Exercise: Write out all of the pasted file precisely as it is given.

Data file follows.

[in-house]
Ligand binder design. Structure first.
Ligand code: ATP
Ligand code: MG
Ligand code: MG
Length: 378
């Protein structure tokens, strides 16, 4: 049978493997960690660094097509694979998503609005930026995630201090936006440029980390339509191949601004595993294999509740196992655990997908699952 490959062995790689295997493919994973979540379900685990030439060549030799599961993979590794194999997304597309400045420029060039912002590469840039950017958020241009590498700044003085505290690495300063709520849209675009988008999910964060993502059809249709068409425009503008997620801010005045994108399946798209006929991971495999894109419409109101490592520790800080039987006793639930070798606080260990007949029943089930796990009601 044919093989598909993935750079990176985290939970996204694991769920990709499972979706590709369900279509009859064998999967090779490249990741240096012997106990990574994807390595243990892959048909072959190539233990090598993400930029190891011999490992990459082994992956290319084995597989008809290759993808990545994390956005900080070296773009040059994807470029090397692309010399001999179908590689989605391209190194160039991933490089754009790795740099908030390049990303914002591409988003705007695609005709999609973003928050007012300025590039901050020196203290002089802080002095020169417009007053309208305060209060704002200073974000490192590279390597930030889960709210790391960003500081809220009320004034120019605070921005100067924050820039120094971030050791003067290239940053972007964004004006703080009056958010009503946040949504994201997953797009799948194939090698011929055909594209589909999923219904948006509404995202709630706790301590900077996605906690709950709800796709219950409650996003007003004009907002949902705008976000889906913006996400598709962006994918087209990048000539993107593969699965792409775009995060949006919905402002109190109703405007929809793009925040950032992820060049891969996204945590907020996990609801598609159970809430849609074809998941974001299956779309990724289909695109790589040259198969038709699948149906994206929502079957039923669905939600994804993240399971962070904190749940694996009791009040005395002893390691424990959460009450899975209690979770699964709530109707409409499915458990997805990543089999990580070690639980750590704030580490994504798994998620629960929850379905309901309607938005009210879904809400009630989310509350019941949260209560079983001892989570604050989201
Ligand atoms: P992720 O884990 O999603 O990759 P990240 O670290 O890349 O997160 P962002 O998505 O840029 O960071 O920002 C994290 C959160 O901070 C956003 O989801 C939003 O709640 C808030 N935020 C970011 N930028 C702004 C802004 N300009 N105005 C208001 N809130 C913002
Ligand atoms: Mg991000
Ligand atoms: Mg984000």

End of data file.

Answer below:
[in-house]
Ligand binder design. Structure first.
Ligand code: ATP
Ligand code: MG
Ligand code: MG
Length: 378
């Protein structure tokens, strides 16, 4: 049978493997960690660094097509694979998503609005930026995630201090936006440029980390339509191949601004595993294999509740196992655990997908699952 490959062995790689295997493919994973979540379900685990030439060549030799599961993979590794194999997304597309400045420029060039912002590469840039950017958020241009590498700044003085505290690495300063709520849209675009988008999910964060993502059809249709068409425009503008997620801010005045994108399946798209006929991971495999894109419409109101490592520790800080039987006793639930070798606080260990007949029943089930796990009601 044919093989598909993935750079990176985290939970996204694991769920990709499972979706590709369900279509009859064998999967090779490249990741240096012997106990990574994807390595243990892959048909072959190539233990090598993400930029190891011999490992990459082994992956290319084995597989008809290759993808990545994390956005900080070296773009040059994807470029090397692309010399001999179908590689989605391209190194160039991933490089754009790795740099908030390049990303914002591409988003705007695609005709999609973003928050007012300025590039901050020196203290002089802080002095020169417009007053309208305060209060704002200073974000490192590279390597930030889960709210790391960003500081809220009320004034120019605070921005100067924050820039120094971030050791003067290239940053972007964004004006703080009056958010009503946040949504994201997953797009799948194939090698011929055909594209589909999923219904948006509404995202709630706790301590900077996605906690709950709800796709219950409650996003007003004009907002949902705008976000889906913006996400598709962006994918087209990048000539993107593969699965792409775009995060949006919905402002109190109703405007929809793009925040950032992820060049891969996204945590907020996990609801598609159970809430849609074809998941974001299956779309990724289909695109790589040259198969038709699948149906994206929502079957039923669905939600994804993240399971962070904190749940694996009791009040005395002893390691424990959460009450899975209690979770699964709530109707409409499915458990997805990543089999990580070690639980750590704030580490994504798994998620629960929850379905309901309607938005009210879904809400009630989310509350019941949260209560079983001892989570604050989201
Ligand atoms: P992720 O884990 O999603 O990759 P990240 O670290 O890349 O997160 P962002 O998505 O840029 O960071 O920002 C994290 C959160 O901070 C956003 O989801 C939003 O709640 C808030 N935020 C970011 N930028 C702004 C802004 N300009 N105005 C208001 N809130 C913002
Ligand atoms: Mg991000
Ligand atoms: Mg984000």